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The effect of soil disinfection with selected chemicals on the growth and development of American ginseng (Panax quinquefolium L.)

Barbara Kołodziej

Department of Industrial and Medicinal Plants
Agricultural University of Lublin
Akademicka 15, 20-950 Lublin, Poland
e-mail: Barkol@agros.ar.lublin.pl

American ginseng is a fleshy rooted, herbaceous, perennial plant found in hardwood forests throughout the eastern United States and southern Canada. It has been cultivated in North America and lately in Asia, Australia, and Europe. The aim of the presented experiment was to determine the effect of soil disinfection with Previcur (0.2%), Basamid (180 g m-3), and formaldehyde (2%) on growth, development, and disease infestation of American ginseng through six years of vegetation. The field experiment was carried out on sandy-loam soil. On plots where the soil was disinfected with Basamid the seeds did not germinate and this pesticide had to be excluded from the experiment. Disinfectants (apart from Basamid) used in the experiment markedly protected seedlings from diseases, resulting in a higher plant population and better growth and development of the plants. Disinfectants used did not affect average root weight, but caused significant differences in root yielding. Objects disinfected with formaldehyde were characterized by significantly higher yields in comparison with Previcur and especially control plots.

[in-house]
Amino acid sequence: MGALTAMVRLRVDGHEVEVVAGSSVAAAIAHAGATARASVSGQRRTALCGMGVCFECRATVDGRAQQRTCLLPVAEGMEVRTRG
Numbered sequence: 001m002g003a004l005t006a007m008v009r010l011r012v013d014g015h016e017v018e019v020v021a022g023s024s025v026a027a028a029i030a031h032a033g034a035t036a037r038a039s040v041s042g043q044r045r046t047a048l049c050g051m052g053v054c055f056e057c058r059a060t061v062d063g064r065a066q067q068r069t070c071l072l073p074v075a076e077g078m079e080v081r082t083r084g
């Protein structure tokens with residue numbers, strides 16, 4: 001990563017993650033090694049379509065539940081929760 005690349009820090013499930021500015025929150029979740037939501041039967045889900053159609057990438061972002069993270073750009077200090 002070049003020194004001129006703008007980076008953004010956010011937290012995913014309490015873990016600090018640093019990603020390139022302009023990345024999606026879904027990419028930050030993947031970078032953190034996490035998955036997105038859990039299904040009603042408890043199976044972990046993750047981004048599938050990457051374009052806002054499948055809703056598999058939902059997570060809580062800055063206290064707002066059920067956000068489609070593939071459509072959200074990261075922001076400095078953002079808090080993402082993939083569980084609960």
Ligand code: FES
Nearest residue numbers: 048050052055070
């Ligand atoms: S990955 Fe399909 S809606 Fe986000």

Kołodziej B., 2002. The effect of soil disinfection with selected chemicals on the growth and development of American ginseng (Panax quinquefolium L.). Folia Horticulturae 14/2: 177-182.